A matter of trust

Increasingly, I get queries about clients of social services who
have money in a trust fund. I also get queries about clients who
receive substantial arrears of benefits, usually after a battle
with the Department for Work and Pensions. The rules on how social
security treats both these types of payments changed on 28

It is vital that people receiving payments from the Criminal
Injuries Compensation Board or from civil actions get good advice
on establishing a trust fund. If the money is held in a bank
account, for example, even personal injury payments will count as
capital and could disqualify the person from means-tested

The capital in a personal injury trust fund is always
disregarded, so a person with, say, £25,000 in such a fund
would still be able to claim income support and housing benefit.
But, bizarrely, a payment of £500 from that fund to buy a
holiday could have been treated as income and disqualified a person
from benefit in the week that the £500 was received.

Under the new rules, all payments from personal injury trusts
will be disregarded as a source of income. They will, however,
still be counted as income if the payment is intended and used for
any of the following:

  • Food, ordinary clothing or footwear, household fuel.
  • Rent covered by housing benefit or other housing costs covered
    by income support.
  • Residential care or nursing home fees met by income support or
    under community care arrangements.
  • Council tax or water charges.

If the income from the trust fund is used for any of these items
it is given a £20 “disregard”, but the rest counts as

This change means trustees can safely use the funds to buy items
not covered by benefits without jeopardising the claimant’s
right to benefits.

“Structured settlements” are also becoming more common in
personal injury cases. These often include a “contingency fund” –
to be treated in the same way as any other lump sum award – but the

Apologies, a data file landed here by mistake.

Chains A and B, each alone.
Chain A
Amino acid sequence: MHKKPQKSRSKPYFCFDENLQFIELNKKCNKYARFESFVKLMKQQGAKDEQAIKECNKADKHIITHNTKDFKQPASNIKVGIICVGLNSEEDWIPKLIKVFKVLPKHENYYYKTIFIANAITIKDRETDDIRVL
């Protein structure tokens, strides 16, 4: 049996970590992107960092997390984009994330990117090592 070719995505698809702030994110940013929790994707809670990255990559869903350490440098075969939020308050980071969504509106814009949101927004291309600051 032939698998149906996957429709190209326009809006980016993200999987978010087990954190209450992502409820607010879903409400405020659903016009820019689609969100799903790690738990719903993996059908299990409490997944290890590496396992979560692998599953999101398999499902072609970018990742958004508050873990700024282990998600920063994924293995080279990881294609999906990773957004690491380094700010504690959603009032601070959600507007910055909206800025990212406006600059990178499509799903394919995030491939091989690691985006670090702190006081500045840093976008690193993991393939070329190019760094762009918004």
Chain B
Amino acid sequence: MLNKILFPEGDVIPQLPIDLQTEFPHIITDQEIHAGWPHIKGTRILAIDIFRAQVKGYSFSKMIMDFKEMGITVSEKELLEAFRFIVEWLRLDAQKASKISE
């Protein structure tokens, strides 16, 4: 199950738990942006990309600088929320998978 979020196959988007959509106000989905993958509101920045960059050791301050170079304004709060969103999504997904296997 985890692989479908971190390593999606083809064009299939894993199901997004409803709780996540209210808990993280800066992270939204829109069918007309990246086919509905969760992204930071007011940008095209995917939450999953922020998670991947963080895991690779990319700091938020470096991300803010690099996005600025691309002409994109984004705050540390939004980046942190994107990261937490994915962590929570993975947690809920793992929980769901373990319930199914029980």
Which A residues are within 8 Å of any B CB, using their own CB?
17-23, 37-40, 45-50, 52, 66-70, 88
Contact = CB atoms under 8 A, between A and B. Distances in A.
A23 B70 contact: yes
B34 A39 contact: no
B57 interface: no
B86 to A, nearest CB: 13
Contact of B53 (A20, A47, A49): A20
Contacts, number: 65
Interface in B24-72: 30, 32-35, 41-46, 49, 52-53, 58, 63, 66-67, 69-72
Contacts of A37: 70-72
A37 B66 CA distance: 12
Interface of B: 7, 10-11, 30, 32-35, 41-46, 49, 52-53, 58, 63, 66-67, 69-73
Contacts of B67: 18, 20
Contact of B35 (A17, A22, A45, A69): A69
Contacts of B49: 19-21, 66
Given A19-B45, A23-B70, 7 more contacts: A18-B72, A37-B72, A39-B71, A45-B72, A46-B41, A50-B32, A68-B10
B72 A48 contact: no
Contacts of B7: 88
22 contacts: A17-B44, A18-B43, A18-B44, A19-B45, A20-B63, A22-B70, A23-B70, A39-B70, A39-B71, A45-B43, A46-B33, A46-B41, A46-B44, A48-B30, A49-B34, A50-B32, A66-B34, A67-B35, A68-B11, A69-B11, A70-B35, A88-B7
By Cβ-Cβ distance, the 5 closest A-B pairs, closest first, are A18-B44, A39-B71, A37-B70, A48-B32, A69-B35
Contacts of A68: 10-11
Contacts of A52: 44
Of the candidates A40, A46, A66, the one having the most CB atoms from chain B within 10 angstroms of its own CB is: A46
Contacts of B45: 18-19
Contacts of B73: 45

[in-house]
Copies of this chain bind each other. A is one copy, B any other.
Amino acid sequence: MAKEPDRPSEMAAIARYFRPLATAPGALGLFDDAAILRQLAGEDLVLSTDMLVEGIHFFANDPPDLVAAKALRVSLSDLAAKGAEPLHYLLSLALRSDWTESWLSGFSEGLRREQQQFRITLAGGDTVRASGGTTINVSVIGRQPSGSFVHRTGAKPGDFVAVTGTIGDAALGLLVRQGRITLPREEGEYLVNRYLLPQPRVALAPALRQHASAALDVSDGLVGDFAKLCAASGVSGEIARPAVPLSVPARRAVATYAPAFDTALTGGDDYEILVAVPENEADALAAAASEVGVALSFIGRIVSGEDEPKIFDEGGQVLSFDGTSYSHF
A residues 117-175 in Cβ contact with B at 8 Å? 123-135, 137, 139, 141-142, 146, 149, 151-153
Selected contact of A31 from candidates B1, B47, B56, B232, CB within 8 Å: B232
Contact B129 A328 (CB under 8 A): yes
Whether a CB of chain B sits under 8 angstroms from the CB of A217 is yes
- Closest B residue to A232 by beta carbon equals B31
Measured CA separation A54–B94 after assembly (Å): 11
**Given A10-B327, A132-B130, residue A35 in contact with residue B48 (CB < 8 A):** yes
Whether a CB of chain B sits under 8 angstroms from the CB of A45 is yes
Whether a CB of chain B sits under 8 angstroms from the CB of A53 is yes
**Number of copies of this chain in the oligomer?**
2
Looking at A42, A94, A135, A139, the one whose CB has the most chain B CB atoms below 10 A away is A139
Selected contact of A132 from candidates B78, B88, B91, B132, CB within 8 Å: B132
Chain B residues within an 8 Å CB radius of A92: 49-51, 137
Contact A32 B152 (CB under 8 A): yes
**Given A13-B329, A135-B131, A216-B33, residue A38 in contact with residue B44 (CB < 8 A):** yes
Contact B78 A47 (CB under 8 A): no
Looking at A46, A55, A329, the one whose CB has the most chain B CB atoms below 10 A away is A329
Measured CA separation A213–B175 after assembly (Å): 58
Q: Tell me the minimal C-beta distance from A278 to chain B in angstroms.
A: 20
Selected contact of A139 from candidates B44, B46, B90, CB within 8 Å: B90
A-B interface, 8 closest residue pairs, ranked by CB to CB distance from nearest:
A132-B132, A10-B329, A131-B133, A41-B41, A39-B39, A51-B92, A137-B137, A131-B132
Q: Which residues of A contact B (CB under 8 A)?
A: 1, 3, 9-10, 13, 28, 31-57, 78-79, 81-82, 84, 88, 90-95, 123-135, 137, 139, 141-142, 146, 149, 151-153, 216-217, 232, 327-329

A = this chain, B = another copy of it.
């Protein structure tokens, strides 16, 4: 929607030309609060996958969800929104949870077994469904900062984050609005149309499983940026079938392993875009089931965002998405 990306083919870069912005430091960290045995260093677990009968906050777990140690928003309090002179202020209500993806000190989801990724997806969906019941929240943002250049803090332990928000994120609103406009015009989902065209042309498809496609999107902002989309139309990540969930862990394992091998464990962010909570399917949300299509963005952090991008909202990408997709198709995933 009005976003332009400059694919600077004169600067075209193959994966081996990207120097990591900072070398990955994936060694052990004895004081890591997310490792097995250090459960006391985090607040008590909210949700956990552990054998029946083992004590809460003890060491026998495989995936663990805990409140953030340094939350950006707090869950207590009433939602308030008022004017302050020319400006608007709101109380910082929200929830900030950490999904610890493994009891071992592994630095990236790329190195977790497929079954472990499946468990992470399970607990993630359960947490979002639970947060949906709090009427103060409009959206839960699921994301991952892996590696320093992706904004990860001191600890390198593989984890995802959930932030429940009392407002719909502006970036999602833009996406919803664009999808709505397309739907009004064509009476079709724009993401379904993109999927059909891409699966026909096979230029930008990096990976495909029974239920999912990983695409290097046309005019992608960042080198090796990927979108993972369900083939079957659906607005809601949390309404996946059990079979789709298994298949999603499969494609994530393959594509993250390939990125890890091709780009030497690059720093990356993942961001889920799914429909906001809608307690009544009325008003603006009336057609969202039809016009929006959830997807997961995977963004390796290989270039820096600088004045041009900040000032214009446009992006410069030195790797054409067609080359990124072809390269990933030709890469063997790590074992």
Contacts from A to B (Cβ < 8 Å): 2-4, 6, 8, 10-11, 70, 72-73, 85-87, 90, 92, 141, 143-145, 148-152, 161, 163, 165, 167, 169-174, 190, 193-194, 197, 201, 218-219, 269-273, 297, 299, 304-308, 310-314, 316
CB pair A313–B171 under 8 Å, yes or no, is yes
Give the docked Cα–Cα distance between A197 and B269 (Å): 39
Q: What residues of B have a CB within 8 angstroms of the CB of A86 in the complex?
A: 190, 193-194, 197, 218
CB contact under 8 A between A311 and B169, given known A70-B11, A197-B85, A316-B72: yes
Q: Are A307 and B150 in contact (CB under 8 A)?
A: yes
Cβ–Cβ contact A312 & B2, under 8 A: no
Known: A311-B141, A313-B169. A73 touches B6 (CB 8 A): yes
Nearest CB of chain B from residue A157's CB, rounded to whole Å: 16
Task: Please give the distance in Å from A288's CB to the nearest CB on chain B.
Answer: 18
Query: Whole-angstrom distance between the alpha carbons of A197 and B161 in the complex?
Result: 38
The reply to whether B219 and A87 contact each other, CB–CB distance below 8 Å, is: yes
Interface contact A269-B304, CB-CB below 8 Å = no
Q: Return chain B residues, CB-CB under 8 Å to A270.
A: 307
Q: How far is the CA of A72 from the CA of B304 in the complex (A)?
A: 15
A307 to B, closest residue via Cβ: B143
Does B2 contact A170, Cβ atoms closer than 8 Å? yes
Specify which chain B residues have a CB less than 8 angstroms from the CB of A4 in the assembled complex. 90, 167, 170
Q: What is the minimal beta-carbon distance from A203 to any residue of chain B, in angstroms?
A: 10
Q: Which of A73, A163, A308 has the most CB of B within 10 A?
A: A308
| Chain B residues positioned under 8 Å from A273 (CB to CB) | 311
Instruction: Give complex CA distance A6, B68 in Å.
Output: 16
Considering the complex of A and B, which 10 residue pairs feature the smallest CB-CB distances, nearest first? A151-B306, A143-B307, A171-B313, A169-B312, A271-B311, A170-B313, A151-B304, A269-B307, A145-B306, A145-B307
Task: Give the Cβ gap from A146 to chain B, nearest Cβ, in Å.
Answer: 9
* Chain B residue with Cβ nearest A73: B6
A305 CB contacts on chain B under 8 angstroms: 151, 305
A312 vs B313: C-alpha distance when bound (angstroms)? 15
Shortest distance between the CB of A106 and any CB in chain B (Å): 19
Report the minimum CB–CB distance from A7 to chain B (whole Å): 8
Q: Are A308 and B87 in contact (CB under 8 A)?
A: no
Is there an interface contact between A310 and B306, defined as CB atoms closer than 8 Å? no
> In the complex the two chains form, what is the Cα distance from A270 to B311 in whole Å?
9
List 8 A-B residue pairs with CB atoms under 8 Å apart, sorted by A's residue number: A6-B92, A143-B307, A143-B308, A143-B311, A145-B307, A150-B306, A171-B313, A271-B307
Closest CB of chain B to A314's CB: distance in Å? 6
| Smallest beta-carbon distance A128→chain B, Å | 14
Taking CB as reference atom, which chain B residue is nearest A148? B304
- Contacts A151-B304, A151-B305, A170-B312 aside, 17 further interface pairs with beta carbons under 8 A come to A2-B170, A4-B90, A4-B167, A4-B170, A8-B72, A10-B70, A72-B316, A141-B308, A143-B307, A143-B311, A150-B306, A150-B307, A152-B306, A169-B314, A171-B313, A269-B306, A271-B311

bulk is often used to provide an annuity. Income from these
annuities will now be treated in the same way as income from trust
funds as described above.

Benefit rules are also being changed where a claimant gets
arrears of benefit – and not before time. For example, someone who
has waited two years or so for an attendance allowance appeal to go
through the system could find themselves £10,000 better off if
they win. But this money would then cause problems if they claimed
means-tested benefits. Benefit rules only allowed for arrears of
certain allowances and benefits to be disregarded for a maximum 52
weeks from the date the payment of arrears were received.

From 14 October, the rules changed. The following disregards
should now be applied to arrears of benefit (and to compensation
payments made by the DWP):

  • Fifty-two weeks from the date of issue for payments of less
    than £5,000.
  • For payments of £5,000 or more – for as long as the
    claimant continues to receive benefit or 52 weeks, whichever is the
    longer, or until the customer spends that payment if this is less
    than the duration of the claim.

Both these changes are to be welcomed – and are long

Gary Vaux is head of money advice, Hertfordshire
Council. He is unable to answer queries by post or telephone. If
you have a question to be answered please write to him c/o
Community Care.

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